For the London Sinfoniettas Written/Unwritten series the notoriously cutting-edge ensemble dared to ask the question: What happens when you give a group of musicians the chance to write their own music? The answer was It depends.
A mixed programme of Xenakis, Berio, Tarasov and Bourne was a delightful prospect, including old favourites and entirely new and unknown works.
One of Xenakis shorter masterpieces for percussion Rebonds B is an intense, sometimes witty etude that demands all the resources of the soloist. Oliver Lowe was perhaps not a great showman in this work, but he shone as a fearsome and focussed performer, wringing everything he could out of the piece and the audience. As it should be!
Vladimir Tarasovs Adagio from Concert for Flies, a duo for violin and bass was a charming affair, with its contrasting composed (fairly tame) and improvised (the usual set of experimental twitching and scratching) sections. It was easily overshadowed by the more serious and skilful Xenakis duo Charisma for cello and clarinet. Here were the thrilling results of experimentation, rather than the experiments themselves. A powerful, evocative score reminiscent of Gerhard Richters scrape paintings, with all their exquisitely rendered violence. Beautifully played by Lucy Railton and Katherine Lacy.
Two lesser works by Berio (for solo clarinet and solo cello) framed a fast and flimsy improvisation by Matthew Bourne at the piano, which was when things took a turn for the worse. Can lick and not wait, a larger-scale work by Bourne followed, wandering between faux-luscious murmurings and tutti-tantrum sections in a pretty aimless fashion. For all its strangeness and unpredictability, the music showed a disappointing lack of substance, leaving the listener with nothing to grasp or grapple with. This could easily have something to do with the nature of the score how much was composed? How much was left to the performers? Either way success or failure always rests on the shoulders of whoevers name is credited in the programme. He is a gifted performer and natural talent and Bourne may turn out to be an interesting composer, but hes not there yet.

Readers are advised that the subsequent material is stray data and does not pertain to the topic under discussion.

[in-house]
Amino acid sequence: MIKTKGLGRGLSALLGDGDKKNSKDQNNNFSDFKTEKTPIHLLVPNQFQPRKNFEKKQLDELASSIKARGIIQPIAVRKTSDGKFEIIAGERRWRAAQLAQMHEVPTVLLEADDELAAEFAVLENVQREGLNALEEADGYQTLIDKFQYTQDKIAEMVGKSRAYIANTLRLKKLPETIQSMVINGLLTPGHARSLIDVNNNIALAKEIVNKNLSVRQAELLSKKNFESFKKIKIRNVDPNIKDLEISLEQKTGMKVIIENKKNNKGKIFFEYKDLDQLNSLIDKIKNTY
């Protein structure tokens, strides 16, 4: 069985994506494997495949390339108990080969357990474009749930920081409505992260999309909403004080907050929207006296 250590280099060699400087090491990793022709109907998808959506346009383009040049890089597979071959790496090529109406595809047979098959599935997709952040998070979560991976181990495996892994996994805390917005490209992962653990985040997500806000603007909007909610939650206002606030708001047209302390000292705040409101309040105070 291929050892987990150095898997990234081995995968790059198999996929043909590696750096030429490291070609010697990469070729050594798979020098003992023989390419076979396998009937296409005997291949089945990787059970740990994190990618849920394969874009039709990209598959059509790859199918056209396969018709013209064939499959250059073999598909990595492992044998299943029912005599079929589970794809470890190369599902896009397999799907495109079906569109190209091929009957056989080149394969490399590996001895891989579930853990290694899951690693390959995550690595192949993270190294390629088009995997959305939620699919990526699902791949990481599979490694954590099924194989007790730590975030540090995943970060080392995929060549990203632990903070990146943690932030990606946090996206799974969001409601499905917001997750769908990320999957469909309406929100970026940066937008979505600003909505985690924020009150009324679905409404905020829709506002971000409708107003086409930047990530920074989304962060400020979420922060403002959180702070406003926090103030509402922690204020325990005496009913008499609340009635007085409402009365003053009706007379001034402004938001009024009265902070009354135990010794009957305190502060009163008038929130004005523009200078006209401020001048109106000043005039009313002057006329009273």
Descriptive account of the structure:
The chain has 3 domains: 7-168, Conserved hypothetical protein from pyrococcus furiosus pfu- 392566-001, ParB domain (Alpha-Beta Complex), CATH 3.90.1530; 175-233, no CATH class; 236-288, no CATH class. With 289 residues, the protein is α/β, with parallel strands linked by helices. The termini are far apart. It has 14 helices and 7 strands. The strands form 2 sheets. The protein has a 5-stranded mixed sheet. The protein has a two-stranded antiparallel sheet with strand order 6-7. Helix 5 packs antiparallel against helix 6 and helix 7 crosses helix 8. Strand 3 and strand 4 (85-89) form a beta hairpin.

The final hurrah was an over-indulgent piece of onanism (not the word I wrote down at the time). An improvisation between Bourne on piano and Tarasov on percussion, it leaned heavily on the weaker aspects of the concert and was sadly directionless, forgettable music. Another ambitious, but under-baked cake from Londons most arresting new music ensemble.
Further details of Purcell Room concerts can be found at southbankcentre.co.uk